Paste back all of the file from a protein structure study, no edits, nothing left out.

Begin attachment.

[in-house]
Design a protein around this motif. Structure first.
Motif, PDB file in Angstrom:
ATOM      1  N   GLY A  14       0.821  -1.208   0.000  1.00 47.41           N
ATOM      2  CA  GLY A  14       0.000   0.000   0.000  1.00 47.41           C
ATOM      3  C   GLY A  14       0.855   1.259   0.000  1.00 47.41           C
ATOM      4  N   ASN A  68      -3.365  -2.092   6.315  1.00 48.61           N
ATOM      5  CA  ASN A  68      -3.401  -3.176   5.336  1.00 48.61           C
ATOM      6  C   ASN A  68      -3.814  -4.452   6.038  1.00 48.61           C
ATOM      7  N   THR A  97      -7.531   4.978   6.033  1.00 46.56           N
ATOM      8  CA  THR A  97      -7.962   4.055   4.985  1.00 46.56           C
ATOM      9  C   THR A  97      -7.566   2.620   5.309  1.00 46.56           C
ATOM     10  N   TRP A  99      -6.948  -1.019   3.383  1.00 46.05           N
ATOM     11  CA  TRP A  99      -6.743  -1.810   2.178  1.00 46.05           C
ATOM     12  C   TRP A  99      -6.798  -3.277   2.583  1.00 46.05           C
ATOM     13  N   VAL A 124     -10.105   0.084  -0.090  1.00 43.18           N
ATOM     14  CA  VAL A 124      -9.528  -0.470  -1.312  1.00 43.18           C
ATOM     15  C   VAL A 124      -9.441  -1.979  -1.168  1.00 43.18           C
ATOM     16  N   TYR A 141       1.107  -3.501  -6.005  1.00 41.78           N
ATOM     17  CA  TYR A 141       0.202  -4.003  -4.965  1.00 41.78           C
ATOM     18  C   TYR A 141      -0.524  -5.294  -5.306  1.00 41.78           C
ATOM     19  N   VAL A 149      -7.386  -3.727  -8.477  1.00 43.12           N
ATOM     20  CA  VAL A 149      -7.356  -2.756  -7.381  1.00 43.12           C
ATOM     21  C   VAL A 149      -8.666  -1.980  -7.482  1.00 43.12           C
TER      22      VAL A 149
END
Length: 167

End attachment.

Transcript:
[in-house]
Design a protein around this motif. Structure first.
Motif, PDB file in Angstrom:
ATOM      1  N   GLY A  14       0.821  -1.208   0.000  1.00 47.41           N
ATOM      2  CA  GLY A  14       0.000   0.000   0.000  1.00 47.41           C
ATOM      3  C   GLY A  14       0.855   1.259   0.000  1.00 47.41           C
ATOM      4  N   ASN A  68      -3.365  -2.092   6.315  1.00 48.61           N
ATOM      5  CA  ASN A  68      -3.401  -3.176   5.336  1.00 48.61           C
ATOM      6  C   ASN A  68      -3.814  -4.452   6.038  1.00 48.61           C
ATOM      7  N   THR A  97      -7.531   4.978   6.033  1.00 46.56           N
ATOM      8  CA  THR A  97      -7.962   4.055   4.985  1.00 46.56           C
ATOM      9  C   THR A  97      -7.566   2.620   5.309  1.00 46.56           C
ATOM     10  N   TRP A  99      -6.948  -1.019   3.383  1.00 46.05           N
ATOM     11  CA  TRP A  99      -6.743  -1.810   2.178  1.00 46.05           C
ATOM     12  C   TRP A  99      -6.798  -3.277   2.583  1.00 46.05           C
ATOM     13  N   VAL A 124     -10.105   0.084  -0.090  1.00 43.18           N
ATOM     14  CA  VAL A 124      -9.528  -0.470  -1.312  1.00 43.18           C
ATOM     15  C   VAL A 124      -9.441  -1.979  -1.168  1.00 43.18           C
ATOM     16  N   TYR A 141       1.107  -3.501  -6.005  1.00 41.78           N
ATOM     17  CA  TYR A 141       0.202  -4.003  -4.965  1.00 41.78           C
ATOM     18  C   TYR A 141      -0.524  -5.294  -5.306  1.00 41.78           C
ATOM     19  N   VAL A 149      -7.386  -3.727  -8.477  1.00 43.12           N
ATOM     20  CA  VAL A 149      -7.356  -2.756  -7.381  1.00 43.12           C
ATOM     21  C   VAL A 149      -8.666  -1.980  -7.482  1.00 43.12           C
TER      22      VAL A 149
END
Length: 167